Up till now, we've been focussed on filtering rows, and ordering rows. Now, it's time to show columns some love in this lesson by covering aggregate functions, which perform operations across an entire column of data.
Here's the 5 SQL Aggregate Functions – memorize them by heart:
Think of aggregate functions as your data detectives 🕵🏻♀️, helping you extract precious insights from your database, whether you're counting customers, summing up sales, or analyzing real estate property trends. By the end of this tutorial, you'll realize how SQL is good at deriving insights – not just filtering rows!
To bring these concepts to life, we'll be working with the dataset which contains data on what products Amazon customers are buying, and how much they are buying them for.
Table: Sample Data
Let's dive into some practical examples of using aggregate functions to analyze this Amazon data.
The function enables you to count the total number of rows in a table. We can use the function on the column as follows:
Here's an example query:
Frequently, one of the first things we do after 'ing the data to explore it is then count how big the dataset is. We do this with the following query:
Give a try by writing a query to see how big the CVS pharmacy sales dataset is.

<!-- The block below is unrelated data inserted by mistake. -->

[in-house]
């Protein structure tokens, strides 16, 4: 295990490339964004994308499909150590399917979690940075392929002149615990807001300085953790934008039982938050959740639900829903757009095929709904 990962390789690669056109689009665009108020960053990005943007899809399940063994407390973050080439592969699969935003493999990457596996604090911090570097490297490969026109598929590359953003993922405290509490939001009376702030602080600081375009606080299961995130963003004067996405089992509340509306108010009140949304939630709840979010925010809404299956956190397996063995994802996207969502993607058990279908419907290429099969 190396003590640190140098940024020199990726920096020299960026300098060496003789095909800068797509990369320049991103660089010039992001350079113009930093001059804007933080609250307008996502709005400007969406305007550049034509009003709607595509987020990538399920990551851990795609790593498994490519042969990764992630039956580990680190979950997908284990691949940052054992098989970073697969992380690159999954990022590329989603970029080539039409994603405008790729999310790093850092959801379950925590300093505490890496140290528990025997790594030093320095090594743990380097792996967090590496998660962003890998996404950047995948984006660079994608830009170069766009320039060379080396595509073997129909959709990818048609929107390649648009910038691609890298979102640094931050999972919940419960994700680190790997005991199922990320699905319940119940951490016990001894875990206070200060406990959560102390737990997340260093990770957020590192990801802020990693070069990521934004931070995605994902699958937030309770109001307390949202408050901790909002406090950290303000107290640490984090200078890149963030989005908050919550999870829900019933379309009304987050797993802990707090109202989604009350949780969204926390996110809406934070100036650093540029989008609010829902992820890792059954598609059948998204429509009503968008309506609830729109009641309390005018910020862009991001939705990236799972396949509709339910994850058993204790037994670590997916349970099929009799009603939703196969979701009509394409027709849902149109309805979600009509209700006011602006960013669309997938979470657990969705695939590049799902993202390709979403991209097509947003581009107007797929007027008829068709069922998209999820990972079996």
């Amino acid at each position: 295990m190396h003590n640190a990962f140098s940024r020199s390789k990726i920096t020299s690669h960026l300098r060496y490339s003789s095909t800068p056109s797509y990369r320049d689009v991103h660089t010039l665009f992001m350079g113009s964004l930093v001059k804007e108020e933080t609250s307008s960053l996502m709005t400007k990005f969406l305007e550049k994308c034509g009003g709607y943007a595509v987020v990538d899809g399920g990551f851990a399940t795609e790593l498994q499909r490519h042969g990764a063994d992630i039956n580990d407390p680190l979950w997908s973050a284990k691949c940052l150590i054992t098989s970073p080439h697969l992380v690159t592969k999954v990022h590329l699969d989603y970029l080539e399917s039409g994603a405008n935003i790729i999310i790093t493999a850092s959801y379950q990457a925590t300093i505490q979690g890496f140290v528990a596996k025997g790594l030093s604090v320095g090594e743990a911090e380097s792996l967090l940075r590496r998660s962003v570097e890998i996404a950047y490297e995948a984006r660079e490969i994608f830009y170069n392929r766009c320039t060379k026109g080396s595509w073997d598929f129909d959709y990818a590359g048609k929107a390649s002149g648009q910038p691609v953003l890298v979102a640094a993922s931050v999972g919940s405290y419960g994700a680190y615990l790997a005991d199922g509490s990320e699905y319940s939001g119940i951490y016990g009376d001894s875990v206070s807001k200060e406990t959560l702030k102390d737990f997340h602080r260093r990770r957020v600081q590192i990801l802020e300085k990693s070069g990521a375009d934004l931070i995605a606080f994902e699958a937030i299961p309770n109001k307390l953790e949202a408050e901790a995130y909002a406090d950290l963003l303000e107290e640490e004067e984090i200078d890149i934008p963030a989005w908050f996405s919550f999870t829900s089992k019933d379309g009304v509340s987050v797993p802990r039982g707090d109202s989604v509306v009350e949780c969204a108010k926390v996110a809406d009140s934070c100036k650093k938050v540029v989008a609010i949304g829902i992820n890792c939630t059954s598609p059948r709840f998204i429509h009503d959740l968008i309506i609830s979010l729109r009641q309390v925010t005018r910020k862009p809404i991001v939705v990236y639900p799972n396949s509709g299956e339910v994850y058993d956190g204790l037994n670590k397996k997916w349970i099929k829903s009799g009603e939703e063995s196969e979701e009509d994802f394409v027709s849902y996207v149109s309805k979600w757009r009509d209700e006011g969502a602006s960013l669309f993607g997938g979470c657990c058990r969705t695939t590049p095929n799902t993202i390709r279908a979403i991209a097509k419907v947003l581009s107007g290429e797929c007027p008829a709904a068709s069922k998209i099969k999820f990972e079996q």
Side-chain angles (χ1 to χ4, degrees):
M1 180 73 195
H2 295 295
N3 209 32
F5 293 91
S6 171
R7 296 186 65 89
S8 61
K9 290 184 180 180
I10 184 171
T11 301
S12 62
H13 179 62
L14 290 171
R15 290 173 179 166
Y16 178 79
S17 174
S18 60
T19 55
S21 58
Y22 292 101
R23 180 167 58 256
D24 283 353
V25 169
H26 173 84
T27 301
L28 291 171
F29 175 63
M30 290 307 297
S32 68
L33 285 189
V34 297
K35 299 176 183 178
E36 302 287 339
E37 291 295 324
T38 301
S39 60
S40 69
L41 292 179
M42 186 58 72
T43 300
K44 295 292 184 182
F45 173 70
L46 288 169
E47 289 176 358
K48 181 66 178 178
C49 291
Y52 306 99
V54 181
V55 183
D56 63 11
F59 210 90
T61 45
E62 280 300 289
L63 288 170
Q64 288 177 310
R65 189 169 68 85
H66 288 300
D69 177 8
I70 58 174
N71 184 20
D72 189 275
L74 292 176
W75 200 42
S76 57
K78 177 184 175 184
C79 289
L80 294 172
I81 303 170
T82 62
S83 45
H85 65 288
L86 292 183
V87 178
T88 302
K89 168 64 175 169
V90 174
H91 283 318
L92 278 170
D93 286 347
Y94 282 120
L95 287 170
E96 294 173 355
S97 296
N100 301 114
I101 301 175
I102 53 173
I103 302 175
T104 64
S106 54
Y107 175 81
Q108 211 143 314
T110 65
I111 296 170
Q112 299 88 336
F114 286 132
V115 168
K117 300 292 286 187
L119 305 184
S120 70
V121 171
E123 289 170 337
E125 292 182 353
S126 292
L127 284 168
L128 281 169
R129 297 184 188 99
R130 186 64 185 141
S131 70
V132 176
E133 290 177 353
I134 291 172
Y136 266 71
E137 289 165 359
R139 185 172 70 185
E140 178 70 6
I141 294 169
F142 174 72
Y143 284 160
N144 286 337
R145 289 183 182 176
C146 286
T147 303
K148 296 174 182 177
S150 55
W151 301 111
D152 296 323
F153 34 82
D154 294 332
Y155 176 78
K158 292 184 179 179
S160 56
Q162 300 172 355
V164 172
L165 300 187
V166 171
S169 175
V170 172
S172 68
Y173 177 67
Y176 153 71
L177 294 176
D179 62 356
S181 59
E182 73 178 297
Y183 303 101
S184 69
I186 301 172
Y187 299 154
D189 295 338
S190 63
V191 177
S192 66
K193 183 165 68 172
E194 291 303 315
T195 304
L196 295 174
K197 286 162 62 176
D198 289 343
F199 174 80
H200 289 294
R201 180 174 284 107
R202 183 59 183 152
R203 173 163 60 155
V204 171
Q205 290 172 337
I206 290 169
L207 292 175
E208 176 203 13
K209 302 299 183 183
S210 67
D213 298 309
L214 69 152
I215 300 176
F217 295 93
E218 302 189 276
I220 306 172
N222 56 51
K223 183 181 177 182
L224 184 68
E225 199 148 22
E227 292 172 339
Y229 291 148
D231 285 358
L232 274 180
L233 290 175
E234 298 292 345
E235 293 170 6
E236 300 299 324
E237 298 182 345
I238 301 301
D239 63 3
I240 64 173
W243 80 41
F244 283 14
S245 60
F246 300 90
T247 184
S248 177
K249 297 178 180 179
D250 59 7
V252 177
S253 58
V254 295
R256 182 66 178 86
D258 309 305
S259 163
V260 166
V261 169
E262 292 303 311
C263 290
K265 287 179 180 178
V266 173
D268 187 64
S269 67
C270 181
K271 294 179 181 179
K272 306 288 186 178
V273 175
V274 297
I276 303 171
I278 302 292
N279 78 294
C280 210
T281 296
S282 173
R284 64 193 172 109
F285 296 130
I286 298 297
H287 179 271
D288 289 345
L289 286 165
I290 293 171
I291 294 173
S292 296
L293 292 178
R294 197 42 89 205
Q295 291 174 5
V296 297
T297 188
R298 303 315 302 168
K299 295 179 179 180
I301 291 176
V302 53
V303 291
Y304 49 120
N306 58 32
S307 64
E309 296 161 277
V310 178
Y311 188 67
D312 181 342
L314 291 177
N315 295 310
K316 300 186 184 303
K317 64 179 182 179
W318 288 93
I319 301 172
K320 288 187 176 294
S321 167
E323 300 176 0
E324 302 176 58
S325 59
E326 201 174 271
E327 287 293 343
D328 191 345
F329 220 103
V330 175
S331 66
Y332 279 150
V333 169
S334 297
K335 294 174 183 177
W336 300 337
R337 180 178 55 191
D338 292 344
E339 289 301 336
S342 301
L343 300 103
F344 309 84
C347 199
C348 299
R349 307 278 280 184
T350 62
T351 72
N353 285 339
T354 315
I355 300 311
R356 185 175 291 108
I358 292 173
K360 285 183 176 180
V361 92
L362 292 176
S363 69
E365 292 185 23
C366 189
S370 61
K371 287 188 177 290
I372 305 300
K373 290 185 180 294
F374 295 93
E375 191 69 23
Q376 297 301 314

The function calculates the sum of numeric values in a column. To calculate the total amount of money spent on Amazon products, we can use the function to sum the column.
Practice by finding the total sales of all Pfizer manufactured medicines sold at CVS Pharmacy.
The function computes the average value of numeric data in a column. To find the average price of an Amazon order, we can use the function on the column.
Practice in the exercise below, by finding the average stock open price for Google Stock.
The function identifies the smallest value in a column. To find the lowest priced Amazon product order, we can use the function on the column.
Use SQL's MIN command in the practice exercise below, to find the lowest price Microsoft stock ever opened at.
The function retrieves the largest value in a column. To find the highest priced Amazon product order, we can use the function on the column.
In the practice exercise below, use the aggregate function to find the highest price Netflix stock ever opened at.
1. Calculating Total Sales for Financial Analysis 👩🏻💻
2. Average Ratings for Product Reviews 🛍️
3. Identifying Most Active Users📱
4. Finding Lowest and Highest Prices ✈️
5. Tracking Student Performance in Education 📚
To take your analysis to the next level, we won't just use aggregate functions like SUM or AVG on an entire dataset – we'll analyze sub-groups of data using the GROUP BY command!
SQL GROUP BY 📊